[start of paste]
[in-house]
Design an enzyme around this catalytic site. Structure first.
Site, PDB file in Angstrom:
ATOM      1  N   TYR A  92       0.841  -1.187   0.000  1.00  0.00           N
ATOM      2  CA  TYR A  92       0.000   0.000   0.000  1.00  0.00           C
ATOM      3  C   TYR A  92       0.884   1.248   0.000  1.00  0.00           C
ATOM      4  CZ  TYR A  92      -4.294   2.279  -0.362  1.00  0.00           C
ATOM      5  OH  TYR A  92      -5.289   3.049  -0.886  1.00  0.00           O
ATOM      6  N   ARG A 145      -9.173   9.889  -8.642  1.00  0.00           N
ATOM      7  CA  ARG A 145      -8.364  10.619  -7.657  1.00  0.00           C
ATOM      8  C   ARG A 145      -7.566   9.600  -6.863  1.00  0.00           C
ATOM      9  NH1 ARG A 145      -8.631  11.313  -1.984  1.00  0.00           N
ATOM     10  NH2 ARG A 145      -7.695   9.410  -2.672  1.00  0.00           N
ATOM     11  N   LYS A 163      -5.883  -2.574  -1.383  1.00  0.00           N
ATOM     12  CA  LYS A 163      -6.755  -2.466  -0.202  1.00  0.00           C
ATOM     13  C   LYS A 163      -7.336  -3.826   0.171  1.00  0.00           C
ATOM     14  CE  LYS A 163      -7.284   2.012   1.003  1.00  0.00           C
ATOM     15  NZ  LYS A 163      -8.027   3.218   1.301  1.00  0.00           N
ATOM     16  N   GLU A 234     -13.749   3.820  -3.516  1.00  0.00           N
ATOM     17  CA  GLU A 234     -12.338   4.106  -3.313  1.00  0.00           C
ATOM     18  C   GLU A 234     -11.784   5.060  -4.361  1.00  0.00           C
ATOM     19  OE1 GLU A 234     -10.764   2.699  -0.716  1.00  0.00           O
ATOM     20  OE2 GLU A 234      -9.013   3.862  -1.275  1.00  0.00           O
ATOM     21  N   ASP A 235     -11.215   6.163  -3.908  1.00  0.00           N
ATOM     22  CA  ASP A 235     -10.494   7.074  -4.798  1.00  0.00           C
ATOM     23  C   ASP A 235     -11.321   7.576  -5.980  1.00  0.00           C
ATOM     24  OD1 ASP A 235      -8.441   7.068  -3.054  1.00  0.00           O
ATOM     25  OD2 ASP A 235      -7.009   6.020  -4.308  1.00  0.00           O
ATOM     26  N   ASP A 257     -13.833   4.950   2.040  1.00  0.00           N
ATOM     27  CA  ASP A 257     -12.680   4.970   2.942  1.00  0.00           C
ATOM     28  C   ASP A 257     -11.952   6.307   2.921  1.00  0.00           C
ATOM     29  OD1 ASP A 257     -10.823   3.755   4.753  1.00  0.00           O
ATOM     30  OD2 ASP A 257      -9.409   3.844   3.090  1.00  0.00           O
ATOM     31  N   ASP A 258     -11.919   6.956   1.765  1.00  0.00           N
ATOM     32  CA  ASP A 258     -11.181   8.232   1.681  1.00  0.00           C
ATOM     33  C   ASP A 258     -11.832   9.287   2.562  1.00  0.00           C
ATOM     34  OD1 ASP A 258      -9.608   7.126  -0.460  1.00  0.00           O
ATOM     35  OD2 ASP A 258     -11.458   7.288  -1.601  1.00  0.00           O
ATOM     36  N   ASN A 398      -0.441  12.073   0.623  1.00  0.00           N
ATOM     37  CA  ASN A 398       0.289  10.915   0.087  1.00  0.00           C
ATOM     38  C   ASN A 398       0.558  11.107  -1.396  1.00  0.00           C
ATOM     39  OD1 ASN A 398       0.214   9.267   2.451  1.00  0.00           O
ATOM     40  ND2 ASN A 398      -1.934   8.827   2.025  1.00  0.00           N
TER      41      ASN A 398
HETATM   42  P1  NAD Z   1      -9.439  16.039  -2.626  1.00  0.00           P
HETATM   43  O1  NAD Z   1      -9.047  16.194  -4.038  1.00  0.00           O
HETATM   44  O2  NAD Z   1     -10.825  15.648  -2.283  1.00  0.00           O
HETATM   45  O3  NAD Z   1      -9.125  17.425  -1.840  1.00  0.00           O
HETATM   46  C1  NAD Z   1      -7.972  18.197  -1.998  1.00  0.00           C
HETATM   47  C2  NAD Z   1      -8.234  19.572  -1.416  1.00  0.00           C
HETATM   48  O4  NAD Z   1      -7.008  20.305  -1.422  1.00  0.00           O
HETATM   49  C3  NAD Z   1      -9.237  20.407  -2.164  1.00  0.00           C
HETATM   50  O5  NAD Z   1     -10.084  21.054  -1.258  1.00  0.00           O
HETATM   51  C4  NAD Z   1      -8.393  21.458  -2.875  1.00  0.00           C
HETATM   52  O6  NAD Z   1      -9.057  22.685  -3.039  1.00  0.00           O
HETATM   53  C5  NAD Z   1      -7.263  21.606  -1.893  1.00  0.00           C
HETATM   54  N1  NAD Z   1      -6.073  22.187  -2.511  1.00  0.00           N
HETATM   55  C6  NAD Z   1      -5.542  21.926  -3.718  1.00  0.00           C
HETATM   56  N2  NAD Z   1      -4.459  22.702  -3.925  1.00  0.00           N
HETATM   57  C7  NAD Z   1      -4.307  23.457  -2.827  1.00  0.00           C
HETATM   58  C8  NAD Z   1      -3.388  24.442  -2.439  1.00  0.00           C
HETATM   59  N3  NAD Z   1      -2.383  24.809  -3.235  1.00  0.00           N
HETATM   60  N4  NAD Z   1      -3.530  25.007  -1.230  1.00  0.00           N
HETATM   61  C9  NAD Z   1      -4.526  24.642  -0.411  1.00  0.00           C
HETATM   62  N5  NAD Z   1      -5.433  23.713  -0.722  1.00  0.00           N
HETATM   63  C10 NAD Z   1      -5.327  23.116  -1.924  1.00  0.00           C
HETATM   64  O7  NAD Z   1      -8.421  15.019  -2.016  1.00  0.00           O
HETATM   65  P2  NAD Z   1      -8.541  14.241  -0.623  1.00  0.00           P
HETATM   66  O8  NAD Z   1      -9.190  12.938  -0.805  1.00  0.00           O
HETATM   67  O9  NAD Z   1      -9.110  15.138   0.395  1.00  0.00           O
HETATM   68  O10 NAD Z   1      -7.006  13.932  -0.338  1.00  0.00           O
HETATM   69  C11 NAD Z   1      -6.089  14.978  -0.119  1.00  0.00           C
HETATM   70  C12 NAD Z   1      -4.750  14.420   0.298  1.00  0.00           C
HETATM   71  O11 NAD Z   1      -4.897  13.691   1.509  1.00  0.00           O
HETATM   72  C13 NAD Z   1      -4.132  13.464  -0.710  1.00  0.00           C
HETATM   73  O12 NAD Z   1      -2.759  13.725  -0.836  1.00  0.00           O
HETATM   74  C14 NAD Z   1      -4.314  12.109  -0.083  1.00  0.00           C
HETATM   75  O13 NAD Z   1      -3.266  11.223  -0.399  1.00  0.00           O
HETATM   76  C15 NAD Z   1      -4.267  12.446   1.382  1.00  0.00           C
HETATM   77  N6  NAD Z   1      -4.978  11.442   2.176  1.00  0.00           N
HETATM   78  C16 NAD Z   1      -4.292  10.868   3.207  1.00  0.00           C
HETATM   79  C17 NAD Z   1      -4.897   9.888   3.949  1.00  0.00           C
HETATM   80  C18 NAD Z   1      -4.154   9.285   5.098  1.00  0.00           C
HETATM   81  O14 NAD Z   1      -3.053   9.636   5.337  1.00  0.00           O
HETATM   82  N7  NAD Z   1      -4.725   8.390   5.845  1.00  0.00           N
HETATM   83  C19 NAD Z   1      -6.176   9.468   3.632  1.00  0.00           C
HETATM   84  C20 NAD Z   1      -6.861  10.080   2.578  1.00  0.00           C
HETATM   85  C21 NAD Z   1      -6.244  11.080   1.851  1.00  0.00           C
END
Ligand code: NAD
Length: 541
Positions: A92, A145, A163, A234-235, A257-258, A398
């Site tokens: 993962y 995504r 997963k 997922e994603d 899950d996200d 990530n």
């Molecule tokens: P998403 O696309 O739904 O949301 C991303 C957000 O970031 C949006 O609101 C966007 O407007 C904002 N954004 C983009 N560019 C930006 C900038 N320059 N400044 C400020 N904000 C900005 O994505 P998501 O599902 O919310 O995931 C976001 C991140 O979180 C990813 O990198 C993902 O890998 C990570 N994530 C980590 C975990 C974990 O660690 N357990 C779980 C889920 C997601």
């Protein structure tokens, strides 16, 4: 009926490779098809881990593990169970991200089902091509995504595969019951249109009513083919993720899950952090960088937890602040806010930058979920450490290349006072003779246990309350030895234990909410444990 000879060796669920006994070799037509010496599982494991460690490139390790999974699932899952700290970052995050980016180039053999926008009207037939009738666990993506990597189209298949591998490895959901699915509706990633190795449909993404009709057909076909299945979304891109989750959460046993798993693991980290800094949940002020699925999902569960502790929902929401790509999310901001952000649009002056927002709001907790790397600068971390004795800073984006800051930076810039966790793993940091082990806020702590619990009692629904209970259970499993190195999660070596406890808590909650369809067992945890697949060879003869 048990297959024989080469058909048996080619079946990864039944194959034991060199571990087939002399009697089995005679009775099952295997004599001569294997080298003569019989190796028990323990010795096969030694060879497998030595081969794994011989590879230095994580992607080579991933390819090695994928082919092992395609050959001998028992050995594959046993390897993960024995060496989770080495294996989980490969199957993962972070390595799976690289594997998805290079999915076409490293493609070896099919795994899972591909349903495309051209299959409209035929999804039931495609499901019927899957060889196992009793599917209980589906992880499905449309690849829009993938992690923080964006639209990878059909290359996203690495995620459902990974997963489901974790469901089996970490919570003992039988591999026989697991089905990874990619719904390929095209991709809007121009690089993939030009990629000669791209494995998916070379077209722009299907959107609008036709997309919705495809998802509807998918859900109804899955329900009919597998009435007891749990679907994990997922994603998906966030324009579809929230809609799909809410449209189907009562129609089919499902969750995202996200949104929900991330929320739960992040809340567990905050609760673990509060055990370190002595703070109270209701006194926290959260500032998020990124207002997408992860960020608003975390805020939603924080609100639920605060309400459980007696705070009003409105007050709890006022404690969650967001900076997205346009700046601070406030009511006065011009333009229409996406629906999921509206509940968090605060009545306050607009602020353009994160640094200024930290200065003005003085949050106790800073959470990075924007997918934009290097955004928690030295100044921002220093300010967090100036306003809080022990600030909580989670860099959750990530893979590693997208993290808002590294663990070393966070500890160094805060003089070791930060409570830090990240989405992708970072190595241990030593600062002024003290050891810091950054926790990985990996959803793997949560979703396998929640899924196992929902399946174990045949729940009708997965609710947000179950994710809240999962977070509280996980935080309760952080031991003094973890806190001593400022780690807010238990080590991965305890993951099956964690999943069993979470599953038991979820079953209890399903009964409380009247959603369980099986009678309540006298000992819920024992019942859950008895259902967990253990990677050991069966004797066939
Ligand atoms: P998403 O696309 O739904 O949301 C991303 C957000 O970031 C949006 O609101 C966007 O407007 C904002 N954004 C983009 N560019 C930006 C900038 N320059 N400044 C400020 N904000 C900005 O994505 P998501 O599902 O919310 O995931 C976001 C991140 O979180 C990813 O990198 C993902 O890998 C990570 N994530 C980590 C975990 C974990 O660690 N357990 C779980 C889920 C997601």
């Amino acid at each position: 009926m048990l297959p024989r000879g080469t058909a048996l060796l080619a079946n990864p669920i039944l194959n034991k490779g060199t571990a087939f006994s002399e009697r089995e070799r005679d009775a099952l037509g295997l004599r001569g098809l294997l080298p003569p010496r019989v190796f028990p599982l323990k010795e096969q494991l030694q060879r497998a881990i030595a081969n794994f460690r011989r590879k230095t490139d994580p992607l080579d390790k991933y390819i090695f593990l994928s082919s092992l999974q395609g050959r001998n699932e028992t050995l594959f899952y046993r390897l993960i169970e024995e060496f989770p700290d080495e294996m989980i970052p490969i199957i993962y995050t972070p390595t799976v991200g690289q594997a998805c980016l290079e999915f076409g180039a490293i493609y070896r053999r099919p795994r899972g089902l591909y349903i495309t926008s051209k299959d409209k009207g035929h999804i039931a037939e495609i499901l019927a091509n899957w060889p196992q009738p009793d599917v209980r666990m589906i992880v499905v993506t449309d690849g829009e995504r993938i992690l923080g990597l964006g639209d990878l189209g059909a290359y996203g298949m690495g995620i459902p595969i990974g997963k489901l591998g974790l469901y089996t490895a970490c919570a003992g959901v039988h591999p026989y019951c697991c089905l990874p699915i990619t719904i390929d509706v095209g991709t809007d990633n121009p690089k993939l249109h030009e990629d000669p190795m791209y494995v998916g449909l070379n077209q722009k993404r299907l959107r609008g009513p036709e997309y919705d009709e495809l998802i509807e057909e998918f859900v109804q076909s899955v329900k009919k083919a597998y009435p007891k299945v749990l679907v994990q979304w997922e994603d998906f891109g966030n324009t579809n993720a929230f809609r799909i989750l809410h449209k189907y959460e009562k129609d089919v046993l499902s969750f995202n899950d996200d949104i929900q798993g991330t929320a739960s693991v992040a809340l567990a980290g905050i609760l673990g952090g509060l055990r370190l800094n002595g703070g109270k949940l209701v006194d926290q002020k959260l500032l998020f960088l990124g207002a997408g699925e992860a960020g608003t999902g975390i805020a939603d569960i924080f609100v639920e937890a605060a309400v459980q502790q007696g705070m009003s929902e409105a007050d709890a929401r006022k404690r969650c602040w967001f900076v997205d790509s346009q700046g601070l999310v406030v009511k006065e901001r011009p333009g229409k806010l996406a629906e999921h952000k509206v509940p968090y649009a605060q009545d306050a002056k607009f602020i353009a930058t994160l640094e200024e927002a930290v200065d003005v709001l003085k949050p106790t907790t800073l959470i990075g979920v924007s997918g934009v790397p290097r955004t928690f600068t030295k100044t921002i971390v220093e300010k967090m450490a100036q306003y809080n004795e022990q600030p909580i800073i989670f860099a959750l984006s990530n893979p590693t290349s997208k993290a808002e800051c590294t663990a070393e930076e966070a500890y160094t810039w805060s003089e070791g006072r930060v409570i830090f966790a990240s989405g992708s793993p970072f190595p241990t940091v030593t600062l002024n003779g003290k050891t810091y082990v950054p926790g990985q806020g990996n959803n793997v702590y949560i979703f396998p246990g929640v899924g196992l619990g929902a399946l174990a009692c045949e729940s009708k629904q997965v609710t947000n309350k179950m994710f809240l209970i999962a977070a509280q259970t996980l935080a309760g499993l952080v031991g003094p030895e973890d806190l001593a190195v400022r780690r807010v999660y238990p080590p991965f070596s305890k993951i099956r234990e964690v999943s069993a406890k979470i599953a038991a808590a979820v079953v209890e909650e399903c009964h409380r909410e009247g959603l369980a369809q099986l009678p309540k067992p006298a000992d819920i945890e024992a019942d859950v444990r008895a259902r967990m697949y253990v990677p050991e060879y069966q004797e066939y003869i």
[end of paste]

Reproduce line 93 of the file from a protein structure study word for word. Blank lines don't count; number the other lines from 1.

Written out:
């Site tokens: 993962y 995504r 997963k 997922e994603d 899950d996200d 990530n």